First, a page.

awareness, fostering commitment, and guiding actions toward a healthy,
secure and sustainable future for ourselves and for future generations.
Morrison led the development of the grades K - 6 Integrated Social Studies/ELA
curriculum and has published articles, presented at conferences, consulted
to districts and public television, and trained and mentored hundreds
of teachers throughout New York State. For the past twelve years as a
BOCES consultant, Ms. Morrison has worked on-site with districts on
curriculum at all levels. The Westchester Council for Social Studies
has presented Ms. Morrison with the Lifetime Achievement Award in Social
Brandon designed the instructional technology for grades K– 6
Integrated Social Studies/ELA curriculum. She is the Director of Instructional
Technology in the Lakeland Central School District and has presented
at local and national conferences on a variety of topics relating to
instructional technology. Ms. Brandon has received several awards, including
the Pioneer Award for Outstanding Technology Leader from the Lower Hudson
Regional Information Center and the “Excellence in Teaching, Learning,
and Technology” award from Apple Computer.
Helen Pashley worked on the revision of grades 6 – 8 and was the
lead science and math consultant for grades K – 5 and grades 9
- 12. Dr. Pashley was educated at the Universities of Bristol and Cambridge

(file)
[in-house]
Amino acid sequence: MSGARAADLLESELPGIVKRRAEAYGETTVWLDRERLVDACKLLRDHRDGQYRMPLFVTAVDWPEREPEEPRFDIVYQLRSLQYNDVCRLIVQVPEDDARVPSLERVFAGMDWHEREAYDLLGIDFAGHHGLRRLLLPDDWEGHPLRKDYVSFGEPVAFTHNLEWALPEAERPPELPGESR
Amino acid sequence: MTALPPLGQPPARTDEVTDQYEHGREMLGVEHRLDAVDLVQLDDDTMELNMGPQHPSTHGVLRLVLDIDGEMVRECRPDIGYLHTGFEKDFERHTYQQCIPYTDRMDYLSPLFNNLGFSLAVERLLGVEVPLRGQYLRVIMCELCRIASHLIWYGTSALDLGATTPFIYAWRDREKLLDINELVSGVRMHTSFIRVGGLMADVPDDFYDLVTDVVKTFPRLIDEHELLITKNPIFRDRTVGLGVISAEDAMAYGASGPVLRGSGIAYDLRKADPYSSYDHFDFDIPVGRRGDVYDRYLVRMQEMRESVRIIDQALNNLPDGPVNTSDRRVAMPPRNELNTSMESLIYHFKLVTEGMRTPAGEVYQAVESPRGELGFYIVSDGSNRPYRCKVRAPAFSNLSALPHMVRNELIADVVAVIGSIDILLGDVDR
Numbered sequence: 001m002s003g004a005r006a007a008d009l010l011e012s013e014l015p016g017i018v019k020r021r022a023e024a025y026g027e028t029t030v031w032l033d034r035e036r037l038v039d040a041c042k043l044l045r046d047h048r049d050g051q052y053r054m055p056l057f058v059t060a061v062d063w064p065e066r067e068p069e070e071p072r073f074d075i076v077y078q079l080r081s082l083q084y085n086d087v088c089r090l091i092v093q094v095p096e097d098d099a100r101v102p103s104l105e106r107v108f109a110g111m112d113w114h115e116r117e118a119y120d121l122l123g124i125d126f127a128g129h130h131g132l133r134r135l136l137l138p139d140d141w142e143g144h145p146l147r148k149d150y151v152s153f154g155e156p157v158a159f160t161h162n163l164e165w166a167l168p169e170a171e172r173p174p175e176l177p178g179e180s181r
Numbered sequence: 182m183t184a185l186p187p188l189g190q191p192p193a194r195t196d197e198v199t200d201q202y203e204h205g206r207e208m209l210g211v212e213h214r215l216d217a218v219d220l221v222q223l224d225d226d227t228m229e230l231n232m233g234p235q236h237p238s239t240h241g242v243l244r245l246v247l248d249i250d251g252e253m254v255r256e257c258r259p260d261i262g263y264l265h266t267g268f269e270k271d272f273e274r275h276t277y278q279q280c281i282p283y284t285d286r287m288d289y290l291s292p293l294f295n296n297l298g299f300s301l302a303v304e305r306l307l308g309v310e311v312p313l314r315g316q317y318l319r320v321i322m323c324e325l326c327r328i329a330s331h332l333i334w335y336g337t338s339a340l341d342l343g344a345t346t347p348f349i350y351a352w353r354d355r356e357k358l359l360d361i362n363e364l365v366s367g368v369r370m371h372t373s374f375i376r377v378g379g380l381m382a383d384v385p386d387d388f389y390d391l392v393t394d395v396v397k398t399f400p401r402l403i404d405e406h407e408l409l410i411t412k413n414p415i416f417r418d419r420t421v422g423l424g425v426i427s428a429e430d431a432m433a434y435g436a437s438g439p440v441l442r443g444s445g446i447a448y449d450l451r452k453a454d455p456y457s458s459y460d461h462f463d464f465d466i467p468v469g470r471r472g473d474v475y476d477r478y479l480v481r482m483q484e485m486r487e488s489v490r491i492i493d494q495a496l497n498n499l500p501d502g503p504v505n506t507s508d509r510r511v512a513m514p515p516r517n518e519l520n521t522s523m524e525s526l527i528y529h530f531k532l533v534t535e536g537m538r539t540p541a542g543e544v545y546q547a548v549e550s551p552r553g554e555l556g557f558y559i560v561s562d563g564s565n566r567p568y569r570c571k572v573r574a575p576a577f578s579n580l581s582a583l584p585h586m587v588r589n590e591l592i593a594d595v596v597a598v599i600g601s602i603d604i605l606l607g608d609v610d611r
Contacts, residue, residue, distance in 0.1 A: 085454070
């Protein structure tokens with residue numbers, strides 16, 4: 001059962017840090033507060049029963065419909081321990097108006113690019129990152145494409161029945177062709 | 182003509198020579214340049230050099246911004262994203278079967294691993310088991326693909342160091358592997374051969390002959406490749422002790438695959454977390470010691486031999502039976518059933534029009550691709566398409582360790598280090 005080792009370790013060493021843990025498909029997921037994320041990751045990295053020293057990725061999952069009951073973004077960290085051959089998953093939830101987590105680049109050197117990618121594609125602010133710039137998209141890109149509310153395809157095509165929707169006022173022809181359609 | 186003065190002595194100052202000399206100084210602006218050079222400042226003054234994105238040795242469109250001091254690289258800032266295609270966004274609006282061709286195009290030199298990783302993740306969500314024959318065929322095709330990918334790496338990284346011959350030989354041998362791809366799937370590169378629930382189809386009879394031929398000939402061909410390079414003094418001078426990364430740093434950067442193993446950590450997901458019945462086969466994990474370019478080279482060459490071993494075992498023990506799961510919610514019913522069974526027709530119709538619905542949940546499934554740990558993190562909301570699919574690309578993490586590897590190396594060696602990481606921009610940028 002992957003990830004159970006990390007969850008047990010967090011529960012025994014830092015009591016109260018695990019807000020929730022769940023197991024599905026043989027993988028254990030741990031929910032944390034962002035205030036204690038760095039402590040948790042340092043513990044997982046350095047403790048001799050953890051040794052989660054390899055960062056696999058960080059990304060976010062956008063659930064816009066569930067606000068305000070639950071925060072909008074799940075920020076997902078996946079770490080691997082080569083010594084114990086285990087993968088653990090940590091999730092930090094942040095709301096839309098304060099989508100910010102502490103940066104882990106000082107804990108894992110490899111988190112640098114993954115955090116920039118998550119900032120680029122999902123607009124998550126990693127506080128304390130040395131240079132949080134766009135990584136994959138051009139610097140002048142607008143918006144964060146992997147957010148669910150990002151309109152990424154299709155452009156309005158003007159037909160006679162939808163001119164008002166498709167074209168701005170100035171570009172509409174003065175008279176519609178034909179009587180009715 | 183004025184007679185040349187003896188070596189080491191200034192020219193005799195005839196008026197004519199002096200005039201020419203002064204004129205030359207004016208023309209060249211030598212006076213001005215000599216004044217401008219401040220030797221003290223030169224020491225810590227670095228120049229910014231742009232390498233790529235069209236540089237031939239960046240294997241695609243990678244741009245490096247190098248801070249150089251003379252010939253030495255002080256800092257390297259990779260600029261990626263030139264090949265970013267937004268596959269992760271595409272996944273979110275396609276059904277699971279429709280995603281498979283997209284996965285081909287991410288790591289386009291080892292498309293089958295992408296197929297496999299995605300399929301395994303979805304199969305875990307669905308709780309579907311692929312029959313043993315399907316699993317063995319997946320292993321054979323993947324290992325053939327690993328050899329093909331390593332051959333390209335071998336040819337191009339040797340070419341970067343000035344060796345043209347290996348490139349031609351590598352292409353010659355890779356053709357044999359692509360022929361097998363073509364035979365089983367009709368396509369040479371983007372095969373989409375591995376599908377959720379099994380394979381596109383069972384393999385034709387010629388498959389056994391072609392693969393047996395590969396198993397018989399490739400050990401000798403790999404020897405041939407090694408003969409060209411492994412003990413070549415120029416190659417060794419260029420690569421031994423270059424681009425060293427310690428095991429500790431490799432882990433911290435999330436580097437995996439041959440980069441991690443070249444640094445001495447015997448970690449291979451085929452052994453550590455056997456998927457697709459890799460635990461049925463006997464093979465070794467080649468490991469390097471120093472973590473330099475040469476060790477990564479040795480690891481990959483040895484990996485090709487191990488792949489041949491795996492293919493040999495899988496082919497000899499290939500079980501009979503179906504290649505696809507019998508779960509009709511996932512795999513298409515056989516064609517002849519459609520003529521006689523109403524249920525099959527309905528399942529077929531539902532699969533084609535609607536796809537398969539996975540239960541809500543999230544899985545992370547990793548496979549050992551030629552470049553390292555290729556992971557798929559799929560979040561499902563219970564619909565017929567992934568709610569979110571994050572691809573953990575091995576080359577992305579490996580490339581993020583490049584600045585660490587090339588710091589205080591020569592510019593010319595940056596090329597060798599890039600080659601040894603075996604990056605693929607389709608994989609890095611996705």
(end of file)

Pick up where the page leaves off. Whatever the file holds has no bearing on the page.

in the UK, where she taught Biology for grades 6-12. After moving to
the U.S. she became involved with P/NW BOCES Science 21 program as a
curriculum writer, and professional development consultant. She has
worked with teachers and students in many districts throughout Westchester,
Putnam, and Duchess Counties and in New Jersey.
She is committed to environmental issues, and served as President of
the Board of Directors of Hudson River Sloop Clearwater.
order to facilitate a clear understanding of the EfS Core Content Standards,
teachers involved in the Education for Sustainability project have created
several podcasts related to some of the standards. This is an ongoing
project, with the goal being to have at least one podcast per standard.
here to view and listen to the podcasts.
Education (EfS) Core Content Standards
Preservation and Transformation
How the preservation of cultural histories and heritages, and the transformation
of cultural identities and practices contribute to sustainable communities.
Students will develop the ability to discern with others what to preserve
and what to change in order for future generations to thrive.
The rights, responsibilities and actions associated with leadership
and participation toward healthy and sustainable communities. Students
will know and understand these rights and responsibilities and assume
their roles of leadership and participation.
Dynamics of Systems & Change
A system is made up of two or more parts in a dynamic relationship that
forms a whole whose elements ‘hang together’ and change
because they continually affect each other over time. Fundamental patterns
of systems include growth, decline and vacillation. Students will know
and understand the dynamic nature of complex systems and change over
time. They will be able to apply the tools and concepts of system dynamics
and systems thinking in their present lives, and to inform the choices